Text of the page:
* Yes I’m finally back blogging again. I have a number of posts queued up in my head responding to the news over the last couple of months. Hopefully it won’t all seem too much like yesterday’s left-overs.


Numbering off

Bill Easterly and Laura Freschi lament the tendency to “make up” international development statistics. Though done from the best of intentions the result does rather seem to resemble a counting system that goes: one, two, many … pick a number, any number.

Thankfully, I don’t think too much attention is paid to such imaginary numbers at the national and sub-national level since clearly they have only a passing relation to reality. That presents development planners with a new problem: without relevant, up-to-date information how can ‘we’ plan our next round of interventions?

Leaving aside the question as to who are ‘we’ to be planning anything of the sort, the obvious answer is to fill the data vacuum pronto, and in turn this involves collating a whole load of statistics from the provinces. This generally requires a significant effort, and development organisations respond to this challenge in one of two ways.

One option is to ignore everyone else; go out and collect the information ‘we’ need and nothing more. Then, since no-one else publishes their data, we won’t publish ours. (And hence the endless of  cycle of household questionnaires asking almost identical questions of people.)

Alternatively ‘we’ can recognise that many others might be interested in answering similar questions and attempt something rather more systematic. Unfortunately it turns out that everyone has subtly different questions they want answered, and so, as we talk to each new set of wannabe development planners, new questions / dimensions get added to our information gathering initiative. It all takes a long time, but eventually we produce the master plan to undertake the best ever information gathering exercise ever; talk about “best practice” – ‘we’ are going to completely redefine best practice, yeah! Such talk is very exciting to donors, so even though this initiative is going to be very expensive, they readily cough up the cash. The developing country government is also pretty keen because this is a big budget investment that politicians can crow about and from which local officials can earn lots of per diems.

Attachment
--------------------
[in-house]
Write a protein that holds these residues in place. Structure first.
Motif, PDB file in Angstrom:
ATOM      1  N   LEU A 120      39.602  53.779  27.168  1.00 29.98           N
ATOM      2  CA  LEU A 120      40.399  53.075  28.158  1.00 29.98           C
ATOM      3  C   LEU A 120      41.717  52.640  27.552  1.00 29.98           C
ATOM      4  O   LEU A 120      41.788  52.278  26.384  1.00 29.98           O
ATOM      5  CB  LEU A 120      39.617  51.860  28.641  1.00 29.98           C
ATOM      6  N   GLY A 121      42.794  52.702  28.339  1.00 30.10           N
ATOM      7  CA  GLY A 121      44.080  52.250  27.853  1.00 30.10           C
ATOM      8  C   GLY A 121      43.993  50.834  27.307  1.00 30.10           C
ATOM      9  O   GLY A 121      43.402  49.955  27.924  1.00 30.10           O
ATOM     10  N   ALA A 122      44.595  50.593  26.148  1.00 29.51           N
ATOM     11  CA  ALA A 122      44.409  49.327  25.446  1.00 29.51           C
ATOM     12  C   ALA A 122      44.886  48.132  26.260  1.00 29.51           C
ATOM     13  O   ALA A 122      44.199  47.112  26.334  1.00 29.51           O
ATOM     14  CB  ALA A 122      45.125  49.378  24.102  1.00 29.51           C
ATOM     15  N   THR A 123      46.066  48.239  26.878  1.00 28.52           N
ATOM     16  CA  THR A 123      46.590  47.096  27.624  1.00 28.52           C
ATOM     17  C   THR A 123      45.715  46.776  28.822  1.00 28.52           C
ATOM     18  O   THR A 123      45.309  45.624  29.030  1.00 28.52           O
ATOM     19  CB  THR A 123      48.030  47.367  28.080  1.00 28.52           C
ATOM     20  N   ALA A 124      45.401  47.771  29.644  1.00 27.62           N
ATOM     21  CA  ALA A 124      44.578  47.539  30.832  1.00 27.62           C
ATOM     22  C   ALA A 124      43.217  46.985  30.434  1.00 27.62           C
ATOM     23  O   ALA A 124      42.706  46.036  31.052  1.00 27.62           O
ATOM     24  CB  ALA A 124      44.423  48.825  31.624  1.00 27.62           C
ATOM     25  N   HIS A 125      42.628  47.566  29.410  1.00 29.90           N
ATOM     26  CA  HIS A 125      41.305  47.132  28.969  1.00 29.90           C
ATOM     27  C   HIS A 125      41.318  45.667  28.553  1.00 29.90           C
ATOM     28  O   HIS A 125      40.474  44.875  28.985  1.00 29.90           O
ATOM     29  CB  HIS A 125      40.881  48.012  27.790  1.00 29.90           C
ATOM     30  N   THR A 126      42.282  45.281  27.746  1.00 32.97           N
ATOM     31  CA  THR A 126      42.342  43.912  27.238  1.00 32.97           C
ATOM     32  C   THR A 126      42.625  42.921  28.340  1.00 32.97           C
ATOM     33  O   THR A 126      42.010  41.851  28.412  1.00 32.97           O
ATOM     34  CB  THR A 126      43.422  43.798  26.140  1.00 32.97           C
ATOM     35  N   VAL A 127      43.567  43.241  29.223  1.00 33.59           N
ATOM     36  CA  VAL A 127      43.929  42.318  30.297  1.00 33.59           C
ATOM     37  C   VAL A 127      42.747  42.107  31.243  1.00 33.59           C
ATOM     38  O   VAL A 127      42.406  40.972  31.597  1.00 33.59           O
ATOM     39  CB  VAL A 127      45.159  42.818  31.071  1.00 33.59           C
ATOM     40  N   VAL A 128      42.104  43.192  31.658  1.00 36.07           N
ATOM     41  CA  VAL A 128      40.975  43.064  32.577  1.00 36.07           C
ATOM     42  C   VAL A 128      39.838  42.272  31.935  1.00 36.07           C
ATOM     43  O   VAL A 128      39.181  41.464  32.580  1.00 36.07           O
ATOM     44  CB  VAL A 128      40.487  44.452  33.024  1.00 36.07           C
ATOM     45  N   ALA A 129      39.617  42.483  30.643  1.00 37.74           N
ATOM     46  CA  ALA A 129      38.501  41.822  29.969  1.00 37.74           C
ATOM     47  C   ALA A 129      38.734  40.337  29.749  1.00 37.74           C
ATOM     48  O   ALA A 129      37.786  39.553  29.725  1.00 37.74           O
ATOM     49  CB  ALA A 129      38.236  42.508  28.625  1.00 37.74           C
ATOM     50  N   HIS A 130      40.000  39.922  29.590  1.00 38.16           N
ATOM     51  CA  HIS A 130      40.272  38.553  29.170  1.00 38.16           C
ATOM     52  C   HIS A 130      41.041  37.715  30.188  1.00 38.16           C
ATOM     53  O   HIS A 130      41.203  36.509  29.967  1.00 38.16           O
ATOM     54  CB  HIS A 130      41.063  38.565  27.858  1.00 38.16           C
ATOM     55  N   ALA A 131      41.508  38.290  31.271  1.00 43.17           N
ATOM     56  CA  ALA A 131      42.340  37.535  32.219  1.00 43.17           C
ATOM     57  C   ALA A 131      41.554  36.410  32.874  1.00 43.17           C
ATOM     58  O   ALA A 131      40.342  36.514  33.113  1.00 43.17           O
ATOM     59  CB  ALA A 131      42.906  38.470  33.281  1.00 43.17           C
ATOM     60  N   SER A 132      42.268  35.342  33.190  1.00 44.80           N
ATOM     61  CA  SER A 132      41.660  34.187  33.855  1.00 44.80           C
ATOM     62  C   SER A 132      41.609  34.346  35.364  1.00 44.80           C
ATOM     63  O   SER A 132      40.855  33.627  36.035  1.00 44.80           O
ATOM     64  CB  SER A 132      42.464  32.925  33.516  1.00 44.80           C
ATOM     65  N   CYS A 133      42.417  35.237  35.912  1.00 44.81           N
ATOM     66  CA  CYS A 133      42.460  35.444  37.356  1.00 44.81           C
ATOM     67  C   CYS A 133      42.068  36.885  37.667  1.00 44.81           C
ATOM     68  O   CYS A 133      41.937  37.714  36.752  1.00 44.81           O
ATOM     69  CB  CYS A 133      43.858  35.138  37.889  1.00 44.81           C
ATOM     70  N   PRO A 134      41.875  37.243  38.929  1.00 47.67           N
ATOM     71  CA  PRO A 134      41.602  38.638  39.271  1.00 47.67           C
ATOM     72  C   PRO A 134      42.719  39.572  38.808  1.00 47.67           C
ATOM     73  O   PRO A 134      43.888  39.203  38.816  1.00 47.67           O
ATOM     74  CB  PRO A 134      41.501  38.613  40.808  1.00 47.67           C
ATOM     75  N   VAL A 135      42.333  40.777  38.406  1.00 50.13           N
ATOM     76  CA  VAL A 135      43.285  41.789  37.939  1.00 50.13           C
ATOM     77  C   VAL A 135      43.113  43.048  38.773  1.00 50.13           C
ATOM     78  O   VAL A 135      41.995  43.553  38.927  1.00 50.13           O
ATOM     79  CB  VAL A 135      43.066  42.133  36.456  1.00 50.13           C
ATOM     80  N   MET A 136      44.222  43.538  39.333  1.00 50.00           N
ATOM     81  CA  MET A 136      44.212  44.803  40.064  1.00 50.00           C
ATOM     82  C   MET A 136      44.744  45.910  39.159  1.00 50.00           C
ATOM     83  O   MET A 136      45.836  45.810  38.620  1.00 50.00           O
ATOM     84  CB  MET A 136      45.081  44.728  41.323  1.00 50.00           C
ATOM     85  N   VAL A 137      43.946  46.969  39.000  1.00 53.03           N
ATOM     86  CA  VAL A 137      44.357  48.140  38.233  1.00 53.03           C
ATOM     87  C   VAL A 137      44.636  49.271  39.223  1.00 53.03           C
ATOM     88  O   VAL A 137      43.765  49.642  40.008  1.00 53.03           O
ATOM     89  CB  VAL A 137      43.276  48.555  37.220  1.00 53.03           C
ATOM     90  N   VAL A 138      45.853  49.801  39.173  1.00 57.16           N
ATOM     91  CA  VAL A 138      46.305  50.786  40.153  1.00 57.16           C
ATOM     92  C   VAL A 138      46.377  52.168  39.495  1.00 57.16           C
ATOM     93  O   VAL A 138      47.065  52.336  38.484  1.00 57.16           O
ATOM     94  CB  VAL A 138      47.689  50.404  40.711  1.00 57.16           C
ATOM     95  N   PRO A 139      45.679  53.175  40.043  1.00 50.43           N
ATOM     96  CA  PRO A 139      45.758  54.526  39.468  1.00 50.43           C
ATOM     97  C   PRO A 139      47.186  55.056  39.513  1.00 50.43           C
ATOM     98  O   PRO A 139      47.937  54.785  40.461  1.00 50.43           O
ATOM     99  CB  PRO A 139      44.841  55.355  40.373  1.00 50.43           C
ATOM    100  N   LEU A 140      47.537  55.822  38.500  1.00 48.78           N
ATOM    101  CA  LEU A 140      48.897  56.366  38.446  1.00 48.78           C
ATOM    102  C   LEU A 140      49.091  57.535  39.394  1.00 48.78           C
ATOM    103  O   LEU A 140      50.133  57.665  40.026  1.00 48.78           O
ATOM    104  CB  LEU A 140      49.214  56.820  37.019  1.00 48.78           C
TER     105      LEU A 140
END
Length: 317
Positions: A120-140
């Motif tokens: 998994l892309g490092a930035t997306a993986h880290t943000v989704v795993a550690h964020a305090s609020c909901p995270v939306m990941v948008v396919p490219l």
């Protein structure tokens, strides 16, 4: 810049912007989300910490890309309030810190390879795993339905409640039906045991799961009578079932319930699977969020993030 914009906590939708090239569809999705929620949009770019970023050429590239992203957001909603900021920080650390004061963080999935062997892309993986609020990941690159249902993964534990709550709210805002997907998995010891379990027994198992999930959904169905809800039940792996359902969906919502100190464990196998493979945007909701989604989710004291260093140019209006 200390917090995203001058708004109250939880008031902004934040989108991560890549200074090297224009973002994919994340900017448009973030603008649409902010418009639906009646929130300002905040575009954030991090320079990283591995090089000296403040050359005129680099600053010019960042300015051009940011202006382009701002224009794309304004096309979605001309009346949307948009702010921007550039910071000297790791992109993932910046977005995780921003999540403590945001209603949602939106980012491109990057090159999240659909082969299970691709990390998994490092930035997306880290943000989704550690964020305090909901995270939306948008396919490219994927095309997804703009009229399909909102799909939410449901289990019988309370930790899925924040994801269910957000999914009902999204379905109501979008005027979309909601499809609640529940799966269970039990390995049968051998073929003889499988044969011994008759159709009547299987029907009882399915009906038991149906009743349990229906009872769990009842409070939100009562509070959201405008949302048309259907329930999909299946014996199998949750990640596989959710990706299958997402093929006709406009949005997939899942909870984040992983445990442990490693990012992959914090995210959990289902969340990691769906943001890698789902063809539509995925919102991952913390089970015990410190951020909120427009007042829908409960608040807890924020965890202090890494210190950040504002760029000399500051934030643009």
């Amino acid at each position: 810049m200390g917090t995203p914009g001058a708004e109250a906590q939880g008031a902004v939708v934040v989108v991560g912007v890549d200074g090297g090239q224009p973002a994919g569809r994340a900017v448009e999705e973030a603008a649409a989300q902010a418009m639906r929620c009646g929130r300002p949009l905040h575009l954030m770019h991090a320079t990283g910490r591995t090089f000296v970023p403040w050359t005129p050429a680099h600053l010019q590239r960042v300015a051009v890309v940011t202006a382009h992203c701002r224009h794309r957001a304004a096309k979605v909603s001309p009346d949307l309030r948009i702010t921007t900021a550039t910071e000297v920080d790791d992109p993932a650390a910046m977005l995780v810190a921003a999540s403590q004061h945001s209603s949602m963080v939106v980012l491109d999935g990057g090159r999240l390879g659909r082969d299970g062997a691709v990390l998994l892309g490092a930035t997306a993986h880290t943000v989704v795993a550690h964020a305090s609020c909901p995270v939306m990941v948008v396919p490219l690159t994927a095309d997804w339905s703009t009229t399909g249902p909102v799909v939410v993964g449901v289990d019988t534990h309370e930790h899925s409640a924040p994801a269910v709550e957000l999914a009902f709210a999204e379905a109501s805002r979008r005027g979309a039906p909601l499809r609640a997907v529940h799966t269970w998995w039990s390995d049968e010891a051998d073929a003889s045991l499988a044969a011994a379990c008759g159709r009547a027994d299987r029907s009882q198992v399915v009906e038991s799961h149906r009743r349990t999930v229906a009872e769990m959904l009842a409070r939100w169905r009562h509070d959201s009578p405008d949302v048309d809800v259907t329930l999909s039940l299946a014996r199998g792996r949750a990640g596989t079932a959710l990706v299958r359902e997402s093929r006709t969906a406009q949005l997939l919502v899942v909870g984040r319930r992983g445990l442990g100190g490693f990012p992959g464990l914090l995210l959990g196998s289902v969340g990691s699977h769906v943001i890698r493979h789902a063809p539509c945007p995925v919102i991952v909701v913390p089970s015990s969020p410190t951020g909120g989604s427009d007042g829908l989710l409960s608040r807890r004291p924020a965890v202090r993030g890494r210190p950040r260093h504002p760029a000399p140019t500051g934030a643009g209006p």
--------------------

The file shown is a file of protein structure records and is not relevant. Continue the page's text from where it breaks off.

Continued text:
Of course, because ‘we’ are not stupid, someone will have realised quite early on the importance of developing this best ever survey into an on-going monitoring programme for which the initial big push will provide the base line. That big push will train all the local officials in everything they need to do the job, and so after that they’ll be able to continue it under their own steam, and the local politicians will continue to fund it because everyone will acknowledge how important this kind of information is so that we can plan development interventions properly …

Except that in practice that is often precisely what doesn’t happen, because although ‘we’ might think this is absolutely central to efficient aid planning, that is not the priority of our local country partners. For a start while ‘we’ may think in terms of development interventions, they are trying to run a country that has run just fine(-ish) up to now without that data, and there are always other priorities. Moreover a couple of years without updates won’t hurt, right?

At the end of the day I’m not certain which is worse: the original problem or the prescribed solution. But, in my limited experience, it does appear to be recurrent and until donors can learn to be more modest in their aspirations and less fickle with their money, I suspect it is unlikely to go away.